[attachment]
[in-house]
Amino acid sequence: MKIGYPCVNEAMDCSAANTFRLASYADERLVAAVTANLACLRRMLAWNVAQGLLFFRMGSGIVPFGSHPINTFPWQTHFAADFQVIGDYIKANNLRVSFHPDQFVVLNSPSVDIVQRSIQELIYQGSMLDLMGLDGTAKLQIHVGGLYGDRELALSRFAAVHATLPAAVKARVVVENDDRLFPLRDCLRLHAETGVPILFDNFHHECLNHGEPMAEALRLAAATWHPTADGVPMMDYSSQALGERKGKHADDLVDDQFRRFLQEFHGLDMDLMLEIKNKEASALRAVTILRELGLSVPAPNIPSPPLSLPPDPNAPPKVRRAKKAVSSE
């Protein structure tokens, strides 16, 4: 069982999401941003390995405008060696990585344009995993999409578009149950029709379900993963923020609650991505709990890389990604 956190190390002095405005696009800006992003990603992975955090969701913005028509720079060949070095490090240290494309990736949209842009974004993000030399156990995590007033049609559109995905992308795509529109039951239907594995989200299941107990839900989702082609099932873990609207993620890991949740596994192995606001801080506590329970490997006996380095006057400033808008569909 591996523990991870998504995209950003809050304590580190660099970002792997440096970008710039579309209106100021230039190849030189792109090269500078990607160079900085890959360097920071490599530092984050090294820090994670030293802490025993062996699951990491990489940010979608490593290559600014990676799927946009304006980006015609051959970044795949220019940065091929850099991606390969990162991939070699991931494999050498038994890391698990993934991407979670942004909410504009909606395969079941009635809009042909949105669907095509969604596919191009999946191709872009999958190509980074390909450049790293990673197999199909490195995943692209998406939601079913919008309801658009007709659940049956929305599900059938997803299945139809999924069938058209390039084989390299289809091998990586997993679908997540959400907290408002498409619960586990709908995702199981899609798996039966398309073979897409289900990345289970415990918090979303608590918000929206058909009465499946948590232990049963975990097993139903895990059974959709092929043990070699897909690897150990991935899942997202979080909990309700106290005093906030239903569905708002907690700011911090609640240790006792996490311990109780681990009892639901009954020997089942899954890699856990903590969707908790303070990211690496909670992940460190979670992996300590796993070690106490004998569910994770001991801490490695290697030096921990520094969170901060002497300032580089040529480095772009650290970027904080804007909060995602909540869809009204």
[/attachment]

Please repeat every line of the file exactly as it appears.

[in-house]
Amino acid sequence: MKIGYPCVNEAMDCSAANTFRLASYADERLVAAVTANLACLRRMLAWNVAQGLLFFRMGSGIVPFGSHPINTFPWQTHFAADFQVIGDYIKANNLRVSFHPDQFVVLNSPSVDIVQRSIQELIYQGSMLDLMGLDGTAKLQIHVGGLYGDRELALSRFAAVHATLPAAVKARVVVENDDRLFPLRDCLRLHAETGVPILFDNFHHECLNHGEPMAEALRLAAATWHPTADGVPMMDYSSQALGERKGKHADDLVDDQFRRFLQEFHGLDMDLMLEIKNKEASALRAVTILRELGLSVPAPNIPSPPLSLPPDPNAPPKVRRAKKAVSSE
């Protein structure tokens, strides 16, 4: 069982999401941003390995405008060696990585344009995993999409578009149950029709379900993963923020609650991505709990890389990604 956190190390002095405005696009800006992003990603992975955090969701913005028509720079060949070095490090240290494309990736949209842009974004993000030399156990995590007033049609559109995905992308795509529109039951239907594995989200299941107990839900989702082609099932873990609207993620890991949740596994192995606001801080506590329970490997006996380095006057400033808008569909 591996523990991870998504995209950003809050304590580190660099970002792997440096970008710039579309209106100021230039190849030189792109090269500078990607160079900085890959360097920071490599530092984050090294820090994670030293802490025993062996699951990491990489940010979608490593290559600014990676799927946009304006980006015609051959970044795949220019940065091929850099991606390969990162991939070699991931494999050498038994890391698990993934991407979670942004909410504009909606395969079941009635809009042909949105669907095509969604596919191009999946191709872009999958190509980074390909450049790293990673197999199909490195995943692209998406939601079913919008309801658009007709659940049956929305599900059938997803299945139809999924069938058209390039084989390299289809091998990586997993679908997540959400907290408002498409619960586990709908995702199981899609798996039966398309073979897409289900990345289970415990918090979303608590918000929206058909009465499946948590232990049963975990097993139903895990059974959709092929043990070699897909690897150990991935899942997202979080909990309700106290005093906030239903569905708002907690700011911090609640240790006792996490311990109780681990009892639901009954020997089942899954890699856990903590969707908790303070990211690496909670992940460190979670992996300590796993070690106490004998569910994770001991801490490695290697030096921990520094969170901060002497300032580089040529480095772009650290970027904080804007909060995602909540869809009204």